What is a Sensitive Fern?

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  • Written By: Alex Tree
  • Edited By: Melissa Wiley
  • Last Modified Date: 20 December 2018
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The sensitive fern, also known as the bead fern, mead brake, or by its scientific name Onoclea sensibilis, is the lone species of the genus Onoclea. A sensitive fern is distinguished from other ferns by its coarse, divided leaves that are called fronds. This deciduous and perennial fern received its common name because of its sensitivity to frost. It is a medium to large type of fern that can reach up to 2 feet (0.6 m) tall and wide. The natural habitat of this plant is confined to eastern North America and eastern Asia.

This fern is susceptible to drought and sandy soil. The sensitive fern wilts under hot conditions and grows best in sub-tropical climes. It prefers damp, acidic, or well-drained soil under full sun or partial shade.

A sensitive fern grows in large, spreading colonies. Single fronds emerge from horizontal underground stems 0.1 to 0.2 inches (4 to 7 mm) thick to form green foliage that turns deep brown in color upon maturity. The coarse-looking fronds are bright green in color. Each frond has a triangular outline with wavy leaflets. Young fronds point downward rather than upward like adults.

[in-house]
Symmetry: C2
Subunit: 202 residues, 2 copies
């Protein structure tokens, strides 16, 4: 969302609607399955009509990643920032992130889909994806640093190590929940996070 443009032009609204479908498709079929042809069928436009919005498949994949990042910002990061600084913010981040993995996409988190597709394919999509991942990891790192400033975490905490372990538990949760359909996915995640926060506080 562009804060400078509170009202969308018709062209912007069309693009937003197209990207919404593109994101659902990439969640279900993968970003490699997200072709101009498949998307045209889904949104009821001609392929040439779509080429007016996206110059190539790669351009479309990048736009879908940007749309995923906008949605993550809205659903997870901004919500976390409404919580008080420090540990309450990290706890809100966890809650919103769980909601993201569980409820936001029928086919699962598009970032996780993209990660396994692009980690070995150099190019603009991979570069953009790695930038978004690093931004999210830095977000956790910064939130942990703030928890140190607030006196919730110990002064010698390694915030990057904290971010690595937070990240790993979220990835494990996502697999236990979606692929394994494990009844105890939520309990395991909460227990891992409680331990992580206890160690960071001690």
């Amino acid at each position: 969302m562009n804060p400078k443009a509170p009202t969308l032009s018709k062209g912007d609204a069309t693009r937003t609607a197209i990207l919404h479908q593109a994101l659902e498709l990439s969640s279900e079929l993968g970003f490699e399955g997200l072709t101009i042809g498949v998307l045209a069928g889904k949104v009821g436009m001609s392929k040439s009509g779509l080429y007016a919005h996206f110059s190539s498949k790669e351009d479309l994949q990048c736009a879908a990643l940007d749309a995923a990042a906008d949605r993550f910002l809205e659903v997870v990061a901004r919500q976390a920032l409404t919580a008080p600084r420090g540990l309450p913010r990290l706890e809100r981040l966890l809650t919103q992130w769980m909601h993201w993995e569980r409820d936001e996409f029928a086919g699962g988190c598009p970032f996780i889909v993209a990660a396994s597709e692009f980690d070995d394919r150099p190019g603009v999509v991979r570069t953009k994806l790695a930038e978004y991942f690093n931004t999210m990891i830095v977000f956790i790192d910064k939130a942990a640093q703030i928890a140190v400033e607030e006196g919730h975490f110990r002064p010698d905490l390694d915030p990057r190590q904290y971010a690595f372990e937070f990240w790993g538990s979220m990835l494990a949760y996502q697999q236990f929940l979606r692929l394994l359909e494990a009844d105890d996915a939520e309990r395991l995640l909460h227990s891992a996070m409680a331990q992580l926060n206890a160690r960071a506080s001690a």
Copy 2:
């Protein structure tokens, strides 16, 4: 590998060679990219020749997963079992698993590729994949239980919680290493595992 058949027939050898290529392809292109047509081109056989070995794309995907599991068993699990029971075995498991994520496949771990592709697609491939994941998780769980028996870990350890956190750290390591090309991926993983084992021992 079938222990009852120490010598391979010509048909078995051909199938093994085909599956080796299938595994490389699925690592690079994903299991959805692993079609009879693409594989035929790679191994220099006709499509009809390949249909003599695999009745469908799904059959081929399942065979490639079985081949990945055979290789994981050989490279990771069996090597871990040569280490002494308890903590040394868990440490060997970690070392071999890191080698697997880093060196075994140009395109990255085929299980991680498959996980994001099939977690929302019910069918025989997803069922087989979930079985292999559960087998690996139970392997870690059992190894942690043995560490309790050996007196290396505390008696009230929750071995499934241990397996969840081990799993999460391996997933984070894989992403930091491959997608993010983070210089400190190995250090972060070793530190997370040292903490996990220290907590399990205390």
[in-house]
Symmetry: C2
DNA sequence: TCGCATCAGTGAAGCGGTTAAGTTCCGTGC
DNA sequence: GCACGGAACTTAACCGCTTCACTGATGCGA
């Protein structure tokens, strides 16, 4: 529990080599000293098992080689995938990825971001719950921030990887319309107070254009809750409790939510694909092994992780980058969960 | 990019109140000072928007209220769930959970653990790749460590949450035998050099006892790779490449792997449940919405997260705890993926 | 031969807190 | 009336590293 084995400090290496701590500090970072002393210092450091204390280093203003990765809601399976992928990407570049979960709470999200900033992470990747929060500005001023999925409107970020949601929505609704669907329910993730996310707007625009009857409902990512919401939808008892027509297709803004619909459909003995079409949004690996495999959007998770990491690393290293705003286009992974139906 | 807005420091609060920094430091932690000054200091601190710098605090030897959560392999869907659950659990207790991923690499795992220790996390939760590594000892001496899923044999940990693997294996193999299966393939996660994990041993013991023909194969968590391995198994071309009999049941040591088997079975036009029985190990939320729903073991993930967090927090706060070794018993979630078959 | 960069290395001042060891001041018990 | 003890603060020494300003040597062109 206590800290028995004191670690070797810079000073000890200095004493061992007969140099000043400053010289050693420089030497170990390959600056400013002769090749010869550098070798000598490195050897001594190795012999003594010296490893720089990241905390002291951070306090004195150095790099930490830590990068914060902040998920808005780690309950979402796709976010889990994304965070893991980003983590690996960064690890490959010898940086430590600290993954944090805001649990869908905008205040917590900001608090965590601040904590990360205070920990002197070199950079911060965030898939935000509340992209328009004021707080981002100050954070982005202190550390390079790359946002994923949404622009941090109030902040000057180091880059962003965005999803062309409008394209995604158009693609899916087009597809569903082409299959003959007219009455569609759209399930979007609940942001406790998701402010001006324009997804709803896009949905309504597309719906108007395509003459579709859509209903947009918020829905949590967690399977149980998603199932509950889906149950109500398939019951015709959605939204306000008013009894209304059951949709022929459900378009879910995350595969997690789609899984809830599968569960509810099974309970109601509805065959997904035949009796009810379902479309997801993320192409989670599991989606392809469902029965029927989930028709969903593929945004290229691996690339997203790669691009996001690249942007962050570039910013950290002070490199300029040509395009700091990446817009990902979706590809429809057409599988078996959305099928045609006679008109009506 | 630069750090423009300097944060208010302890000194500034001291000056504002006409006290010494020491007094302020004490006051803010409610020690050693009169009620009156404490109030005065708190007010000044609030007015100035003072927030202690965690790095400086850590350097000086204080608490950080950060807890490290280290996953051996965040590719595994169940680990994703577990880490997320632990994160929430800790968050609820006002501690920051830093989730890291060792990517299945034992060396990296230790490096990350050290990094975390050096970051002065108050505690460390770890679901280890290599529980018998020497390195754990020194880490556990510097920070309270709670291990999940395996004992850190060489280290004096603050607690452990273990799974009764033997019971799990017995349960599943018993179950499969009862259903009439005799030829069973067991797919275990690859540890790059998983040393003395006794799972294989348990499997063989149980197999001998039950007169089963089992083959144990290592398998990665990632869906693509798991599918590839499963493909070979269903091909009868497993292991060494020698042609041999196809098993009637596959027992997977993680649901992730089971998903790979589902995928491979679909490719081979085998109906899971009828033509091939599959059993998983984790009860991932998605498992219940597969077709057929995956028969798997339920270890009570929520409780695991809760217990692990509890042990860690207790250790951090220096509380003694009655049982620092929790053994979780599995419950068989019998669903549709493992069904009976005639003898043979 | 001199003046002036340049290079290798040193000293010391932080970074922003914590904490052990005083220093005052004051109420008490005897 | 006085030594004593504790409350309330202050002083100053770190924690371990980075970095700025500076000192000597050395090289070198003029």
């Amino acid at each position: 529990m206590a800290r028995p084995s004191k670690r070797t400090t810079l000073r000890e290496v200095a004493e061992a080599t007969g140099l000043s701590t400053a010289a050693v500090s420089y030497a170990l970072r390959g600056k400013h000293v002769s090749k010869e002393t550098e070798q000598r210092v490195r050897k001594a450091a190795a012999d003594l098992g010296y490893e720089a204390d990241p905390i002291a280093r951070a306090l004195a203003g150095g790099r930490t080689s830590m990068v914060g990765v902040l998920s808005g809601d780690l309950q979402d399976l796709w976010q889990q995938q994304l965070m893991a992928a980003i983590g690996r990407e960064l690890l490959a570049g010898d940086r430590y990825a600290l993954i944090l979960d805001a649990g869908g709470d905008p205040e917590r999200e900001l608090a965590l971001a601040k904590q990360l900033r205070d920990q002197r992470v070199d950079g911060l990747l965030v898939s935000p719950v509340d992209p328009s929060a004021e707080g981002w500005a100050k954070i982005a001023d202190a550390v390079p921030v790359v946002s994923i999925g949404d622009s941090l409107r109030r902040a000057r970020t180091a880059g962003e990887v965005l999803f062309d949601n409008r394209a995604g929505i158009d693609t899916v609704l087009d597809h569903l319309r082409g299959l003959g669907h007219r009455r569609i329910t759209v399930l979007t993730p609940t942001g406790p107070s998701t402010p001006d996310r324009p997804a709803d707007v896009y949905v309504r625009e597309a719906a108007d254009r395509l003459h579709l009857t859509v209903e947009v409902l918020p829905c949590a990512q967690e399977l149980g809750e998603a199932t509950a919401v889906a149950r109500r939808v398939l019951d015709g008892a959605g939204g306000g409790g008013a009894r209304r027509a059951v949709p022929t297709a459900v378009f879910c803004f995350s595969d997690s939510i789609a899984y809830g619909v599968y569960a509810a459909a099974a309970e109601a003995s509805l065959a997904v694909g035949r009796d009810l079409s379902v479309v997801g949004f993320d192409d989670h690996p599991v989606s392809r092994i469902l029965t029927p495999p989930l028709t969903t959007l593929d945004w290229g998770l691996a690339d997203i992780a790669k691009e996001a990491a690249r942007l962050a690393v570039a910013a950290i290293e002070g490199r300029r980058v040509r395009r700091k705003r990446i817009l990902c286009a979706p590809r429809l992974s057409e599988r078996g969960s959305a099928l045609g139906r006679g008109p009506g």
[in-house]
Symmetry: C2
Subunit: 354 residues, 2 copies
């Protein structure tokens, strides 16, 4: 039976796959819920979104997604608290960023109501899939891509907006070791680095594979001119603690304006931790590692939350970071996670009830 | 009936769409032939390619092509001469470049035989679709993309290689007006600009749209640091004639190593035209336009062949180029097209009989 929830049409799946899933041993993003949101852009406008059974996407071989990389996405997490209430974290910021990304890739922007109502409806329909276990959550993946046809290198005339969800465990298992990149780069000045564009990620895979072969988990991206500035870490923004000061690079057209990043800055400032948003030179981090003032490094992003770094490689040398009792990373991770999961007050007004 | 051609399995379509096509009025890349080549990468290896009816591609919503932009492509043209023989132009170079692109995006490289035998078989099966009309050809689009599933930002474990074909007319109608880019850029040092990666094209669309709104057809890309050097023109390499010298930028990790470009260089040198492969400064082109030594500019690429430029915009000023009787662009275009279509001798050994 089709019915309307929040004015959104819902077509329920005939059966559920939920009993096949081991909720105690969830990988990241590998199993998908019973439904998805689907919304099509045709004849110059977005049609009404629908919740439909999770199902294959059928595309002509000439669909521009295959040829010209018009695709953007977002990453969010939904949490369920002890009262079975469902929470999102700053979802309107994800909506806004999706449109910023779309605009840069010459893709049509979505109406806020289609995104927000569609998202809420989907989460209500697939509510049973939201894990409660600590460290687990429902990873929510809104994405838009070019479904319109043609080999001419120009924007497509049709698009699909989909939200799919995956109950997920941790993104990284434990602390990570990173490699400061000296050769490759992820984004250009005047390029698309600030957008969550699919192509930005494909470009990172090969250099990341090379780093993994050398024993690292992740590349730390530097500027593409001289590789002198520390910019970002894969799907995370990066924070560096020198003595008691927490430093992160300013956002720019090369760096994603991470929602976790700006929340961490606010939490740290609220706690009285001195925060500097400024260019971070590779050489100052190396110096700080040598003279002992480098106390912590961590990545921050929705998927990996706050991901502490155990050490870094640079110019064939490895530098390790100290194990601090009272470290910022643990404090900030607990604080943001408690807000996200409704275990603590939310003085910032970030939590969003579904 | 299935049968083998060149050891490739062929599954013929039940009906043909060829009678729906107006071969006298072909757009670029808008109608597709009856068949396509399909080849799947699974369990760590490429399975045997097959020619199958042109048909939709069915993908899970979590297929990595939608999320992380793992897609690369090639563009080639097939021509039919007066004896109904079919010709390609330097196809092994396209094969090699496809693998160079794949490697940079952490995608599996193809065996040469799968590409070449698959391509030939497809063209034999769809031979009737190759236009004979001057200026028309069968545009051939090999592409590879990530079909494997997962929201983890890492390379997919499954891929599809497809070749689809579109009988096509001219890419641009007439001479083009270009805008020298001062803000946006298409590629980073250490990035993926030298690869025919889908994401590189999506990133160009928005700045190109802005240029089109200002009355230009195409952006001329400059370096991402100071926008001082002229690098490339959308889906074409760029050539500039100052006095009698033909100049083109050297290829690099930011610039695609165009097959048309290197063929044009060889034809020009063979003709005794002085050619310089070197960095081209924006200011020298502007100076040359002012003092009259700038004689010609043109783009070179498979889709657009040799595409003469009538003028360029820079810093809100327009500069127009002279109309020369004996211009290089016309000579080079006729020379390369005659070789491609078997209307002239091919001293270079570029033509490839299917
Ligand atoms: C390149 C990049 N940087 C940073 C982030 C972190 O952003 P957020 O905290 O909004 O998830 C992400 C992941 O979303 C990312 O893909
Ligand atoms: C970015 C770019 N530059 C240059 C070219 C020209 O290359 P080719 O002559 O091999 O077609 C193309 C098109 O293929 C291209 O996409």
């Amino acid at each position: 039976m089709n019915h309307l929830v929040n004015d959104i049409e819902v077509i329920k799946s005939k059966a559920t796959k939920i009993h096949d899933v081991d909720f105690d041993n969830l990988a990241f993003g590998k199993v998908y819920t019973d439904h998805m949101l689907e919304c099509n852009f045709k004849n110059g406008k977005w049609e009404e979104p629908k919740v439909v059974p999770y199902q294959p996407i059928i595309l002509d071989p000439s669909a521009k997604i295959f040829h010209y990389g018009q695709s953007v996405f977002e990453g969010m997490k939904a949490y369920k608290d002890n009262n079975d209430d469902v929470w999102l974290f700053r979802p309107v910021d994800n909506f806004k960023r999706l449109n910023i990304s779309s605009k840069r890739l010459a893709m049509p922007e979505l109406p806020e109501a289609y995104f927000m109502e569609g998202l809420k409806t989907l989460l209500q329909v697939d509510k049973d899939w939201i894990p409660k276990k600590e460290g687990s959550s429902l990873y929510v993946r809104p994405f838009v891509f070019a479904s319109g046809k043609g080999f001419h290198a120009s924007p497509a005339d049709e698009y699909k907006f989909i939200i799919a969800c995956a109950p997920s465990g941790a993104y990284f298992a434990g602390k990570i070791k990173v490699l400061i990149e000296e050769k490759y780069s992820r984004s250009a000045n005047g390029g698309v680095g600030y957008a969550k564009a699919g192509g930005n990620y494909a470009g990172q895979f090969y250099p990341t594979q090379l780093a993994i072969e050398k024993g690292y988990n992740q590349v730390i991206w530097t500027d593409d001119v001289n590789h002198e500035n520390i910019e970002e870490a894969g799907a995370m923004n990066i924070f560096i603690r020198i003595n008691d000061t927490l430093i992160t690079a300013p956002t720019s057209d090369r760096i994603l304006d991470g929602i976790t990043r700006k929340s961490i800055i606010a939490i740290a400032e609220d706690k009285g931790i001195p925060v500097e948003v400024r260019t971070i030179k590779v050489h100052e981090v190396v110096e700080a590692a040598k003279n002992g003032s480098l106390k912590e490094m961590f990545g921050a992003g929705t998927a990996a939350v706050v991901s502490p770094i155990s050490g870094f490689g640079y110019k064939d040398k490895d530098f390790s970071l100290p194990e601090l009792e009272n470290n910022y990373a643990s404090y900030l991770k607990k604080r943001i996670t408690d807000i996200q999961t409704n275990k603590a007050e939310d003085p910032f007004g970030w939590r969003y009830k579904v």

The leaflets of each frond grow in eight to 12 opposite pairs up to 1 foot (0.3 m) long. They have prominent veins coming from a single straight vein along each frond. Hair-like projections give the underside of the leaflets a rough texture. Its fertile leaves develop hard, spherical, bead-like structures that encapsulate the fern’s spores. These stalks break open during spring to release spores for germination.

During the Tertiary Period, sensitive ferns grew in North America, Greenland, and Japan. At the start of the 20th century, the species’ habitat was restricted to eastern parts of North America and Asia, though it is now cultivated in Western Europe. The sensitive fern can be found in moist environments, such as marshes, woods, and swamps.

The sensitive fern is one of the most common ornamental plants used in gardens and homes and as an accent in flower arrangements. This fern is also used as ground cover because of its widespread growth. It should be regularly trimmed, as it exhibits weed-like behavior and may take over whole gardens. This plant can tolerate warm conditions as long as the soil is watered on a regular basis. The sensitive fern is vulnerable to attacks by insect pests such as the corn earworm and fall armyworm, as well as leaf blister fungus.



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